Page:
The biblical teachings known as the Sermon on the Mount contain much that is central to the Christian faith, and even people who have never seen the inside of a church have heard this one: "No one can serve two masters.... You cannot serve both God and money."
The Colonial Church of Edina is as mainstream Christian as they come, and yet Colonial is about to give money, along with lots of hands-on support, to entrepreneurs.
Colonial won't be stepping into the shoes of a venture capitalist. It is instead planning to help create or accelerate for-profit businesses with a social purpose, which means the business sells a product or service that meets social needs or uses profits to do so.
But, with grants going to businesses, Daniel Harrell, senior minister at Colonial, has heard that "Jesus would never do this." He's heard that churches ought not to touch the realm of commerce, that capitalism cannot be redeemed.
It may be impossible to serve both God and money, Harrell said, "but to leverage capital for the sake of service is a powerful thing."
Colonial's simple idea here is that a business can be a very efficient way to fulfill the kind of humanitarian missions faith-based groups traditionally support.
And that is not serving money. It's using money.
Colonial's project began with a discussion over what to do with $1.85 million in proceeds from the sale of a parcel of land used for a new senior housing project adjacent to the church. Harrell said one thought was to give the money away, but the church decided to carve out $250,000 for a program that became known as Innové.
They settled on helping people 35 and younger, in part for the impact younger people could have on the church.
"The critical-thinking young mind is not attracted to the traditional church," said Brian Schubring, a consultant and former pastor who attends Colonial and helped shape the program. "That's a really big deal here. [Innové] is an innovative strategy for doing church."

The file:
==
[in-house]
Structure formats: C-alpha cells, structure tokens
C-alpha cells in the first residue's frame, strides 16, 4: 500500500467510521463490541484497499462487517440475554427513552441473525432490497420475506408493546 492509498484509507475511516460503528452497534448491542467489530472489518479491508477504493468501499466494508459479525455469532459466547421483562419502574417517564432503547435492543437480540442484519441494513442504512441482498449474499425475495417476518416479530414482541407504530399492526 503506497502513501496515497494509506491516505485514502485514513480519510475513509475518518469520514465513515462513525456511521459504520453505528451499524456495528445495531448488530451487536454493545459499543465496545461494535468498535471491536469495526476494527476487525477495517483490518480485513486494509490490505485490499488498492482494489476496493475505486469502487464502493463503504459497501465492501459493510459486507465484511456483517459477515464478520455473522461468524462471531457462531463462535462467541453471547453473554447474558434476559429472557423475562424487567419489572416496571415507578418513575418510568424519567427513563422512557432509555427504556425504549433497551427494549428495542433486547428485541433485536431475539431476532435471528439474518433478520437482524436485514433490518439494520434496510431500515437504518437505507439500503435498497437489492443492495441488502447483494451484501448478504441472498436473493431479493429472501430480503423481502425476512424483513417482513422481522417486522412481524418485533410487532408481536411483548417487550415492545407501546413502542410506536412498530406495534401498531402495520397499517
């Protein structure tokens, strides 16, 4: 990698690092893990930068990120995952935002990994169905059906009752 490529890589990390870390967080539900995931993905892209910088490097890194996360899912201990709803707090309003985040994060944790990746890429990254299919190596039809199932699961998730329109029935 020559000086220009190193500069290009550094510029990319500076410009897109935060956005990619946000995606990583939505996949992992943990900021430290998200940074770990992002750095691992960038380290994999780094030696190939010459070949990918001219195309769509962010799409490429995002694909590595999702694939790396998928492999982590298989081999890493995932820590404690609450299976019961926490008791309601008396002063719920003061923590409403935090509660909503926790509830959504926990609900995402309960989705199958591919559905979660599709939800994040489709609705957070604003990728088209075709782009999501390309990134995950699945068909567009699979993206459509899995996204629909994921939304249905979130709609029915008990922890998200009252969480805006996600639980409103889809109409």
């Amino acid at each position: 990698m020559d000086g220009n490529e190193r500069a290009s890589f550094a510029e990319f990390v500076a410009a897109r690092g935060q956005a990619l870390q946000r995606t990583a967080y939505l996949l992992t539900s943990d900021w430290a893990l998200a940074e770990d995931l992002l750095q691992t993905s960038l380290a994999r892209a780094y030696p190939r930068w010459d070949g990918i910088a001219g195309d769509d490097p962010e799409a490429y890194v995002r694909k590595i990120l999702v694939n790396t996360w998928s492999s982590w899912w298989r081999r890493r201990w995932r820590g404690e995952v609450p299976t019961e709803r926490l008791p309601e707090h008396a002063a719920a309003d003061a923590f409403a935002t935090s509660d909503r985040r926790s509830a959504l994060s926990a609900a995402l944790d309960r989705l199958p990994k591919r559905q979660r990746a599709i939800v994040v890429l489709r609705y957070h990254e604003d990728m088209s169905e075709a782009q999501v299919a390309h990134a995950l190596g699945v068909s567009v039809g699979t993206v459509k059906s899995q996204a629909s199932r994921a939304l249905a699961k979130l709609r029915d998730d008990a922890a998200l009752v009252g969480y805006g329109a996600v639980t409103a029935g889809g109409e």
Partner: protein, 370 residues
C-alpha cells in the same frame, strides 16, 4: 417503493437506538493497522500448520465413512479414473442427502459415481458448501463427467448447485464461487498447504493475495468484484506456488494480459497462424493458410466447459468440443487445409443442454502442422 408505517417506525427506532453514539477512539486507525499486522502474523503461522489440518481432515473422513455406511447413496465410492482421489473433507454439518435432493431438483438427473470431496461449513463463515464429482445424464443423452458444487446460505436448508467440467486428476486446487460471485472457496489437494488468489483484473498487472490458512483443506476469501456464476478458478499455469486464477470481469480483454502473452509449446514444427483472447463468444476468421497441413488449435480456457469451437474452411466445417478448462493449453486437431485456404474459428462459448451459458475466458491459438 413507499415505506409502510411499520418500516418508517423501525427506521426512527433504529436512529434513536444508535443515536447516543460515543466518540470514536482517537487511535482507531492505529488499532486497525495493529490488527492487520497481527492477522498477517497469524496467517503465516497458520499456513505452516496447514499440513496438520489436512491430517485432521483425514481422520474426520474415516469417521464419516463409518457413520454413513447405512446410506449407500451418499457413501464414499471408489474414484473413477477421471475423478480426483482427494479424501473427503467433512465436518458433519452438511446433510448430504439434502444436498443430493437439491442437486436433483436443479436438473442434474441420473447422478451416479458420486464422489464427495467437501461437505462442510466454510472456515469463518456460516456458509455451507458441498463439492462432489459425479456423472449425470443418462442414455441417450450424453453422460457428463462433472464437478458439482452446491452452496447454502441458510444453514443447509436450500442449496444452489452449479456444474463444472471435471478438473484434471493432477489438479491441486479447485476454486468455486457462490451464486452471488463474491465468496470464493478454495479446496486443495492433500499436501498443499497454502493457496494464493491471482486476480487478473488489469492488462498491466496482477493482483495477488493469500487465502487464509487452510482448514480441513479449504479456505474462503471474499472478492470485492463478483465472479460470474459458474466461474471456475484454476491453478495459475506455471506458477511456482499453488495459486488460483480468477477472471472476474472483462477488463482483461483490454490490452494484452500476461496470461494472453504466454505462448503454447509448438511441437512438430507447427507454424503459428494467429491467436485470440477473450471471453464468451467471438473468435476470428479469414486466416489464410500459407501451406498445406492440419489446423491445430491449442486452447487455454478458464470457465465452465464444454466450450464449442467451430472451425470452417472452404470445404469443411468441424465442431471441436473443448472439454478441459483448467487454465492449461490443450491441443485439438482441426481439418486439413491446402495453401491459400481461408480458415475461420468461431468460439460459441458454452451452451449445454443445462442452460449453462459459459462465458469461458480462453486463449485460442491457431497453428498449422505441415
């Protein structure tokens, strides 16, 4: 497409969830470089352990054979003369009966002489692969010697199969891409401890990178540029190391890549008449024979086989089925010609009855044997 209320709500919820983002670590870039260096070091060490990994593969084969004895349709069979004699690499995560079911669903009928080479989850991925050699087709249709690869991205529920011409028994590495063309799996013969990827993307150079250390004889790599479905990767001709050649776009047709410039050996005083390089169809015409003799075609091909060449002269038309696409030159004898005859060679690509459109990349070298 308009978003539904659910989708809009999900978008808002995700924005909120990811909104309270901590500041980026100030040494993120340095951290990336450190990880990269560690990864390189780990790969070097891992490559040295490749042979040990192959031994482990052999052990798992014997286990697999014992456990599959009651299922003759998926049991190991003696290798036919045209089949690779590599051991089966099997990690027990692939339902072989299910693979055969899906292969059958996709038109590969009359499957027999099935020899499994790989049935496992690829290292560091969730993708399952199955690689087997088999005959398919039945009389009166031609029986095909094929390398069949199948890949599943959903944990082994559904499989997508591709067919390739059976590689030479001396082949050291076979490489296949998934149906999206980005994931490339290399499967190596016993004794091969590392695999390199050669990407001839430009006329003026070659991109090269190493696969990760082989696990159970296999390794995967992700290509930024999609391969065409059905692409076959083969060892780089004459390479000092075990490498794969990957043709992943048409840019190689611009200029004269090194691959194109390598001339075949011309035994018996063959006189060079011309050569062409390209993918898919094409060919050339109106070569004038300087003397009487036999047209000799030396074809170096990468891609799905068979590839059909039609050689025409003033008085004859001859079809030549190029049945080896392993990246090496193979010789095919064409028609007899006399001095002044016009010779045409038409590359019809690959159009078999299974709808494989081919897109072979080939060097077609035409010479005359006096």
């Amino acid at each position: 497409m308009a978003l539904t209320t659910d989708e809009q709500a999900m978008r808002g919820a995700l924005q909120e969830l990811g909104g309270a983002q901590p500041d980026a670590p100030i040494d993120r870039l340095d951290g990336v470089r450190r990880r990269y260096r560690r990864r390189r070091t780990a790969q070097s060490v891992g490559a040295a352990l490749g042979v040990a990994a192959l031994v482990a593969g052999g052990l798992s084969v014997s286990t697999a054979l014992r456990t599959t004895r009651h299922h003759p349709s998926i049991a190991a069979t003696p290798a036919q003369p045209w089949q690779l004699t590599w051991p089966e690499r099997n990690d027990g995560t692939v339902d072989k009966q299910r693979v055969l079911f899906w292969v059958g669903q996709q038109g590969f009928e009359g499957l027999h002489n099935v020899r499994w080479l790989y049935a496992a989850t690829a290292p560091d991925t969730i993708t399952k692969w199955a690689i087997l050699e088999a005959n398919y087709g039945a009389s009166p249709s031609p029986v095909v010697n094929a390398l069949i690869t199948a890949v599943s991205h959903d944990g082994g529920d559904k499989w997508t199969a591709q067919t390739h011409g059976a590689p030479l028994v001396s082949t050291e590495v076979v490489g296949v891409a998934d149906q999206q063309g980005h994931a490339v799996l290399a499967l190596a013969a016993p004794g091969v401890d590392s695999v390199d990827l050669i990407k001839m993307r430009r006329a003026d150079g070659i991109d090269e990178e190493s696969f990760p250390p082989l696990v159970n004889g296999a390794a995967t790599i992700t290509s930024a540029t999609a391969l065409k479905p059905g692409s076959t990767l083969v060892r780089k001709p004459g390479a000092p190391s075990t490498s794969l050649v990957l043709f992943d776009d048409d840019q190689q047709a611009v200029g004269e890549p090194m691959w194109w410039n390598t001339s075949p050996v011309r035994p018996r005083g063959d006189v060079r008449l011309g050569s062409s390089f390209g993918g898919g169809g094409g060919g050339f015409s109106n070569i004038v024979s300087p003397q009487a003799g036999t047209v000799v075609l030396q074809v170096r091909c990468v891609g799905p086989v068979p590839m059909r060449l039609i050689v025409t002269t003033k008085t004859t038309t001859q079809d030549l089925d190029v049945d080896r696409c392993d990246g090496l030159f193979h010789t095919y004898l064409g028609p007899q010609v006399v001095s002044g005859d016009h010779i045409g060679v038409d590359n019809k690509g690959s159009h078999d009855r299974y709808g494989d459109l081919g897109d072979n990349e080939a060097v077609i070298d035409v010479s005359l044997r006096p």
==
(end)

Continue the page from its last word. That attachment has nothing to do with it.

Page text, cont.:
The church is taking applications through Jan. 11. Brian Jones, the Colonial minister overseeing the project, said he has 16 so far, but he has talked to about 45 entrepreneurs who have said they will be applying.
The church understands that it's the money attracting attention, and while $250,000 is a lot for a church, it's not a venture capital fund. The more valuable asset to be given away is the time and talent of Colonial's more than 1,000 members.
Colonial is in Edina, an affluent suburb of attorneys, financiers, business managers, consultants and other highly skilled professionals. As Jones put it, "we realized we're sitting on a human resource gold mine."
Some Colonial members will screen the applications, others will serve as "navigators" to help semifinalists through the process, and up to 50 will jump in as "skills coaches." Semifinalists will share in a workshop day at the church to refine pitches and connect with other applicants, and then they pitch to a panel of seven judges, who have the task of picking maybe five to 10 to fund.
These will be grants, not investments, and church officials expect some of the applicants to be nonprofits.
But it's the for-profit aspect that's most intriguing, and Harrell said simply that businesses are "efficient" at allocating time and capital. Moreover, profits from a venture that succeeds famously could dwarf the social impact of the same dollars granted in regular philanthropy.
They talk about companies like Project 7-Products for Good Inc. of Costa Mesa, Calif. The company sells mints, coffee, bottled water and other everyday products, with the proceeds going to seven areas, from health care and housing for the homeless to clean water.
Another example is Toms Shoes Inc., a for-profit firm founded on the idea that one pair of shoes would be donated for every pair sold.
Colonial members like Jim Foster, a retired Medtronic executive who will be one of the judges, said his congregation is energized by the possibilities. "We don't know where this goes," he said, "but some of these ideas may literally change hundreds or thousands of lives."
Members have been regularly informed of Innové's progress, and Harrell began his one sermon on it with the story of the Transfiguration.
Biblical accounts have Jesus on top of a mountain with a few disciples, and his robes are turned to a dazzling white and he is infused with a great light. They are joined by the prophets Moses and Elijah and the voice of God rings out.
The disciples are both terrified and utterly baffled, and it's soon all over. Jesus is once again dressed like a poor itinerant preacher and former carpenter, and they hike back down the mountain.
The point of Harrell's teaching had less to do with the drama on top of the mountain, but that they came down. The work on the ground was going to continue.
People of faith need mountaintop experiences, he said, but they also can shine some light Monday through Friday of the workweek.
Even light the way for an entrepreneur who intends nothing less than changing the world.
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